FINANCE WHETHER COST OF DRAFT TO TRANSMIT FUNDS IS CHARGEABLE TO VOTE: WHETHER PROFIT ARISING OUT OF PURCHASE OF DRAFT IS REVENUE
CONSTITUTION, s. 81
The Treasury has asked for my opinion as to whether the provisions of section 81 of the Constitution forbid the Treasurer from charging to the vote the amount expended in the purchase of a draft, whether at a premium or discount.
Section 81 of the Constitution simply defines what moneys are to form part of the Consolidated Revenue Fund, and declares the purposes for which that Fund is to be appropriated. In the form in which the question is stated it is difficult to see how the section touches the question of charging amounts to votes.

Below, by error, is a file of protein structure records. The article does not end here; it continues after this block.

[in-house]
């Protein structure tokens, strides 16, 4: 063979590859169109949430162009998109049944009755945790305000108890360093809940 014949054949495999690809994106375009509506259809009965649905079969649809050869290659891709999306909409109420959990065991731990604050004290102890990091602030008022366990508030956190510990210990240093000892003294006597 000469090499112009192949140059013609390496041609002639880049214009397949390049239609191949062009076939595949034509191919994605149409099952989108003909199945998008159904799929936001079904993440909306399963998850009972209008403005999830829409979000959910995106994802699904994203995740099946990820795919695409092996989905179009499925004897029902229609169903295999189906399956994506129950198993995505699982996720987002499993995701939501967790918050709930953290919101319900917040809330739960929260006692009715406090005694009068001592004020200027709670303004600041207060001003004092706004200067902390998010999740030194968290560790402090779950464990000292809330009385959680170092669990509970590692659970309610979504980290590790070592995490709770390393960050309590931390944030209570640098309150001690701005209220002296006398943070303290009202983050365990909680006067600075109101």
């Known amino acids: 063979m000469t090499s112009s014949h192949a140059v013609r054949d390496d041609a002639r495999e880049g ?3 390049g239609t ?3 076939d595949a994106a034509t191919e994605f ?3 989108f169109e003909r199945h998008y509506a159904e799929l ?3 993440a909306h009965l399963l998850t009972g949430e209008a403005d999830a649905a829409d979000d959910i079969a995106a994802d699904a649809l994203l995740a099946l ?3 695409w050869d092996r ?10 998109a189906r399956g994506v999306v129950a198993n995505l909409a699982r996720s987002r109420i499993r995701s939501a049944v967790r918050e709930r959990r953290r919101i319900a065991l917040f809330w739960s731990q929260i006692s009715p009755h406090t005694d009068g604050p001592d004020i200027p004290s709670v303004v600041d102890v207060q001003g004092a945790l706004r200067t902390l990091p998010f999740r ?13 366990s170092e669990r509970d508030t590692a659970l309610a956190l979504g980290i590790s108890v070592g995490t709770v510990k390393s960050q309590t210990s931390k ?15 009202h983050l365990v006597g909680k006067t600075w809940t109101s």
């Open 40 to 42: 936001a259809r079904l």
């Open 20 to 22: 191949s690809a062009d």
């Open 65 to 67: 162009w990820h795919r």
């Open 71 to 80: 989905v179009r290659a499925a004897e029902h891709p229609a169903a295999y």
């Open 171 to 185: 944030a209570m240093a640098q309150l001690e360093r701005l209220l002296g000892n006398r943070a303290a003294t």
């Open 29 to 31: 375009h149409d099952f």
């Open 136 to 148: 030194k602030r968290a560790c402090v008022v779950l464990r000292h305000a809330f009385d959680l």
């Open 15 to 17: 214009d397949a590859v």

It may however happen in some cases that the operation of transmitting money by means of a draft results in a profit being made, because the draft is purchased at a price less than the amount receivable under it. If a profit is actually received it is I think in strictness revenue and should be credited accordingly.
The question, as stated, does not raise this point; but I presume it was intended that it should be considered.
On the question as stated in the Treasury memorandum, I am of opinion that section 81 does not forbid the Treasurer from charging amounts expended in the purchase of drafts to the vote, whether the draft is purchased at a premium or a discount; but I express no opinion as to whether that is the correct course to follow.(1)
[Vol. 6, p. 373]
(1) This opinion was published in Commonwealth of Australia, Pari. Papers 1908, Vol. II, p. 1084.
* See also Opinion No. 329.